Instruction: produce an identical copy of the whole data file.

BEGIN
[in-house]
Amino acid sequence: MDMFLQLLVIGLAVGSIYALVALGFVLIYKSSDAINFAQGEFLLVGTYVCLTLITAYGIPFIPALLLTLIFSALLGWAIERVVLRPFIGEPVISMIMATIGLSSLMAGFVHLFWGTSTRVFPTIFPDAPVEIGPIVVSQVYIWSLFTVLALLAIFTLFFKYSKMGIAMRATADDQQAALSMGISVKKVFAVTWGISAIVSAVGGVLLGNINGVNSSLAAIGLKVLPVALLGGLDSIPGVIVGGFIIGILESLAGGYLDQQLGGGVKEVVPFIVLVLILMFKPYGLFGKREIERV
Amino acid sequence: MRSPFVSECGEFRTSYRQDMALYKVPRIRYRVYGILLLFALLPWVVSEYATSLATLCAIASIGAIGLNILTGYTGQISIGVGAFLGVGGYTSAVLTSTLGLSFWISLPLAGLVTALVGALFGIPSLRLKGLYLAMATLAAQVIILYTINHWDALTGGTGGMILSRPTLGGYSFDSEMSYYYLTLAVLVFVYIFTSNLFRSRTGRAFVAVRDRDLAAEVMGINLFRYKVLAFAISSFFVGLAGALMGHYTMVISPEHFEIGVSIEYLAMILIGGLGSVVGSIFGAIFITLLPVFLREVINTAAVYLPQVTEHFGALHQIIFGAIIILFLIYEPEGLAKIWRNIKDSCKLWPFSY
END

[in-house]
Amino acid sequence: MDMFLQLLVIGLAVGSIYALVALGFVLIYKSSDAINFAQGEFLLVGTYVCLTLITAYGIPFIPALLLTLIFSALLGWAIERVVLRPFIGEPVISMIMATIGLSSLMAGFVHLFWGTSTRVFPTIFPDAPVEIGPIVVSQVYIWSLFTVLALLAIFTLFFKYSKMGIAMRATADDQQAALSMGISVKKVFAVTWGISAIVSAVGGVLLGNINGVNSSLAAIGLKVLPVALLGGLDSIPGVIVGGFIIGILESLAGGYLDQQLGGGVKEVVPFIVLVLILMFKPYGLFGKREIERV
Amino acid sequence: MRSPFVSECGEFRTSYRQDMALYKVPRIRYRVYGILLLFALLPWVVSEYATSLATLCAIASIGAIGLNILTGYTGQISIGVGAFLGVGGYTSAVLTSTLGLSFWISLPLAGLVTALVGALFGIPSLRLKGLYLAMATLAAQVIILYTINHWDALTGGTGGMILSRPTLGGYSFDSEMSYYYLTLAVLVFVYIFTSNLFRSRTGRAFVAVRDRDLAAEVMGINLFRYKVLAFAISSFFVGLAGALMGHYTMVISPEHFEIGVSIEYLAMILIGGLGSVVGSIFGAIFITLLPVFLREVINTAAVYLPQVTEHFGALHQIIFGAIIILFLIYEPEGLAKIWRNIKDSCKLWPFSY